Free Herding Redux

Pooped out today. Elizabeth and Scott came herding this morning. Elizabeth visited with the bunnies and sheep and got kisses from Suzanne’s cardi’s.

Warming up and snacking on banana

Warming up and snacking on banana

Kate was cold and kind of lackluster as a result. She really doesn’t like herding when it’s below 20 but once in a while she’ll get a wild hair and work really hard. So I take her in case. On lackluster days we keep it short and sweet and fun. She ate a lot of poo and barked.

Bing was amped up, cranky and very much wanted to bite something. Which actually turned out to be fantastic as the ewes were cantankerous and needed biting. We were a small group, 4 humans and 6 dogs. Worked the sheep in the small pen for awhile then Suzanne gave the ok to open the gate and make an attempt at visiting the hayfield. It takes a determined dog to get the sheep down the hill.

Squall (Samoyed) and Tess (cattle dog) gave it their best shot but neither were forceful enough to bend the sheep to their will without fences to back them up. Squall is a real gentleman and wouldn’t dream of biting anything. Tess was kind of playing instead of working. So the sheep would leave the arena, cross the road then pretty much immediately flip the dogs the finger and double back leaving the dog snatching for straws.

Bing was having none of that shit today.

A couple things stacked the odds for us. Suzanne gave us a grain bucket (same for the others), I let the sheep eat a little of the grain from the bucket so they knew it wasn’t an empty promise, Bing was in a pisser of a mood, and the sheep were tired.

So I had Bing gather the sheep into a tight knot at my knees, gave them a nibble of grain, opened the gate and MOVED.

Bing swept behind them and harried them while I rattled the grain enticingly. Once we were across the road and into the top of the hay field, where it frequently falls apart, I spilled some grain on the ground to keep the sheep occupied.

Crossing the road

Crossing the road

Then I sent Bing back for the one ewe that had bailed on our party. She ran all the way to the far end of the arena and pissed Bing off big time. Bing went roaring in after her, biting and yelling, and squirted her right back out again. She tried to make another break for it but he rode her tail and bit her every chance he got to subdue her.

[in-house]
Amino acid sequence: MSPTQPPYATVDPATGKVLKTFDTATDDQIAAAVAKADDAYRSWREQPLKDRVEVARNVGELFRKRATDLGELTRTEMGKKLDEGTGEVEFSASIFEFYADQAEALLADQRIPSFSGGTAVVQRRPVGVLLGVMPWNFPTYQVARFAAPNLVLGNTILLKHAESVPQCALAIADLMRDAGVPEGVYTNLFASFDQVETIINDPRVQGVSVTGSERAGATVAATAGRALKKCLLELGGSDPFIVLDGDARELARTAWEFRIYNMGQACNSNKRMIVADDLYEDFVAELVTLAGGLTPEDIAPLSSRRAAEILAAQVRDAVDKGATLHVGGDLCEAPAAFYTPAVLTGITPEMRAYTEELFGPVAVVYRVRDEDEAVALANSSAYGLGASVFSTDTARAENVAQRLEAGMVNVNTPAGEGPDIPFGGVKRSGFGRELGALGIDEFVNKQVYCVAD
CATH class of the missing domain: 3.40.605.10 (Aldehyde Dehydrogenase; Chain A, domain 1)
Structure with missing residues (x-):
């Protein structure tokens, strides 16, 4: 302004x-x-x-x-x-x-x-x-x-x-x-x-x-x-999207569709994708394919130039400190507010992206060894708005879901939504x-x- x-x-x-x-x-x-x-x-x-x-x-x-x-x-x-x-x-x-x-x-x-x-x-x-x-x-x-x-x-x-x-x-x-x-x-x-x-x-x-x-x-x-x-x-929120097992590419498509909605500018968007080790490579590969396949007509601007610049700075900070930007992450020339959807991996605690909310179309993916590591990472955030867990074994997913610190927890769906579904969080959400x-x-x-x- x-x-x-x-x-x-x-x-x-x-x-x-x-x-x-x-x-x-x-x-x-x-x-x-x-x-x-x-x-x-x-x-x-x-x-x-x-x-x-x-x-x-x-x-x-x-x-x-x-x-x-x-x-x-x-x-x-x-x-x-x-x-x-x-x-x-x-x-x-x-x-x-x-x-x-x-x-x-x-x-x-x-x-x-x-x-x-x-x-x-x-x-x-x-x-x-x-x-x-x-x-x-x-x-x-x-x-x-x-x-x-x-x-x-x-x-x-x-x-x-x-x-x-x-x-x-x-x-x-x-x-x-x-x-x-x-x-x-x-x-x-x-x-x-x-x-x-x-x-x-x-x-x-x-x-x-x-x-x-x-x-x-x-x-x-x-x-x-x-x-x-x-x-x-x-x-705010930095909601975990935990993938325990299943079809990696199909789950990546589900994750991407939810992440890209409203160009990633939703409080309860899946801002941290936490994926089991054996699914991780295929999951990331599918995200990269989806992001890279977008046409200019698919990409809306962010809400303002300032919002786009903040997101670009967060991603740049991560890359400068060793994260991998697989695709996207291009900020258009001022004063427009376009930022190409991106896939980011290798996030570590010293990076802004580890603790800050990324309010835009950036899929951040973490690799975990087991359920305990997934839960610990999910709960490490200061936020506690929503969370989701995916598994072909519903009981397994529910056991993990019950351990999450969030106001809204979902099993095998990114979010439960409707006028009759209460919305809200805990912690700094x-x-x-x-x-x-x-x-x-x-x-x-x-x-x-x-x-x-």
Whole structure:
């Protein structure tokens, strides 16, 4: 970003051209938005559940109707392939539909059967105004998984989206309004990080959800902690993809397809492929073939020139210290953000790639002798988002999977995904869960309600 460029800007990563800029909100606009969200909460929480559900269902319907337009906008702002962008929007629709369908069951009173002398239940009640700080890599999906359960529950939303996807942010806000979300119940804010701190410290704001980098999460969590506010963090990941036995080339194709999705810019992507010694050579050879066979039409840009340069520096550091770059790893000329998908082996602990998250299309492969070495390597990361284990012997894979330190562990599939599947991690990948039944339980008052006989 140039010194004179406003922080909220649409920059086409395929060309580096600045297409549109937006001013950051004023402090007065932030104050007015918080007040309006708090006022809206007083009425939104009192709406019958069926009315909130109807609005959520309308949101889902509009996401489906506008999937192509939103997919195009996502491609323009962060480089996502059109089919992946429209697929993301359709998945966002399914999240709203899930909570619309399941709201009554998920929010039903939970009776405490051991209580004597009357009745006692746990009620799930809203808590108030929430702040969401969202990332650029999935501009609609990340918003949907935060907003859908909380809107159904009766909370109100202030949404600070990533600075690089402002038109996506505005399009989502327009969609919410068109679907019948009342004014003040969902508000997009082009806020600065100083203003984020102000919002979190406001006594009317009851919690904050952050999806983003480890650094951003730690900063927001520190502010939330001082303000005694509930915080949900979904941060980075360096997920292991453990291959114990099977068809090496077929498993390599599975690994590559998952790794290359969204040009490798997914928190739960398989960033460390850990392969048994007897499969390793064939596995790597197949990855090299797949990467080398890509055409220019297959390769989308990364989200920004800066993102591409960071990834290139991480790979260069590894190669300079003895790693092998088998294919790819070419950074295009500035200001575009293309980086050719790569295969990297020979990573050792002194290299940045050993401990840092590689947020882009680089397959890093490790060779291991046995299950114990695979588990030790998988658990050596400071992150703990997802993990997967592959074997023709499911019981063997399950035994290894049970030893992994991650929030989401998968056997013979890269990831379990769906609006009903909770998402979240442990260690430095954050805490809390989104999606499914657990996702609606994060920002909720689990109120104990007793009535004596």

Get her, Bing!

Get her, Bing!

She opted to rejoin the flock. Another black ewe had escaped before Bing’s turn and made a brief appearance. Scott wrestled her around. Bing nearly recaptured her as well but she hustled over a brambly hillock that has unsafe dog footing. I called Bing off so he wouldn’t wrench his back.

Then we started moving again. Bing did a great job of protecting the uphill side and biting anyone who even thought about leaving while I kept leading us downhill and used my stick to remind Bing not to crowd too close and split them or over flank them into switching directions.

Don't mess with the cranky Cardigan, ewe!

Don’t mess with the cranky Cardigan, ewe!

I was sweating and Bing was panting when we reached the bottom of the hill.

Wee haw

Wee haw

God it was fun!

So we alternated for the next little while between fetching, driving, and just chilling out so the girls could graze.

He’s such a funny boy. At one point he was hustling them towards me and came to a screeching halt to grab a frozen lump of manure that was nearly too large to pick up. Think knuckle bone. Dork.

He loved fetching, hated chilling. I’d put him in a down stay and that butt would wriggle up and he’d creep forward like I wasn’t going to notice and call him on it.

When we took the sheep back up top everything fell apart. No recall, no control, no herding. He had a hell of a good time splitting the flock and chasing them hell bent for leather back up the hill. Whups.

I was so happy he got them down to the field and held them together so nicely down there. Incredibly satisfying.

He is pooped out and curled up on the sofa beside me. He smells of lanolin from the sheep and could use a bath.

He is my very goody boy.

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